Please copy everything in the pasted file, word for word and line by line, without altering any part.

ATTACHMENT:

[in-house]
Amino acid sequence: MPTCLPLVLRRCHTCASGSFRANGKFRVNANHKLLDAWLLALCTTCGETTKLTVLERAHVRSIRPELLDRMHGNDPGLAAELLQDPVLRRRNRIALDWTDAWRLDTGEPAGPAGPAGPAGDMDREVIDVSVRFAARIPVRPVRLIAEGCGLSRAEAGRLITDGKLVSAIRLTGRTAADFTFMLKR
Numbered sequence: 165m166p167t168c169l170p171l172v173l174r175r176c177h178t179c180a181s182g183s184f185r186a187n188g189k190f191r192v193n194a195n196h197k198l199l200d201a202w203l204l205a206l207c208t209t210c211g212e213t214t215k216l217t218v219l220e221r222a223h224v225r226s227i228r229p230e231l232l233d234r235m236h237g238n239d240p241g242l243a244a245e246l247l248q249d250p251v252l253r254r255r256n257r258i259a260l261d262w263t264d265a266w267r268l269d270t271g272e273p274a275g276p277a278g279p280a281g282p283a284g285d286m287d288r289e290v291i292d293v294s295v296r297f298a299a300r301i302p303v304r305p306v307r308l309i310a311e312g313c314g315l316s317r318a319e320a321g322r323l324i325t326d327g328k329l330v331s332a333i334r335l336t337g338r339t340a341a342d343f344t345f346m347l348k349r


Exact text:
[in-house]
Amino acid sequence: MPTCLPLVLRRCHTCASGSFRANGKFRVNANHKLLDAWLLALCTTCGETTKLTVLERAHVRSIRPELLDRMHGNDPGLAAELLQDPVLRRRNRIALDWTDAWRLDTGEPAGPAGPAGPAGDMDREVIDVSVRFAARIPVRPVRLIAEGCGLSRAEAGRLITDGKLVSAIRLTGRTAADFTFMLKR
Numbered sequence: 165m166p167t168c169l170p171l172v173l174r175r176c177h178t179c180a181s182g183s184f185r186a187n188g189k190f191r192v193n194a195n196h197k198l199l200d201a202w203l204l205a206l207c208t209t210c211g212e213t214t215k216l217t218v219l220e221r222a223h224v225r226s227i228r229p230e231l232l233d234r235m236h237g238n239d240p241g242l243a244a245e246l247l248q249d250p251v252l253r254r255r256n257r258i259a260l261d262w263t264d265a266w267r268l269d270t271g272e273p274a275g276p277a278g279p280a281g282p283a284g285d286m287d288r289e290v291i292d293v294s295v296r297f298a299a300r301i302p303v304r305p306v307r308l309i310a311e312g313c314g315l316s317r318a319e320a321g322r323l324i325t326d327g328k329l330v331s332a333i334r335l336t337g338r339t340a341a342d343f344t345f346m347l348k349r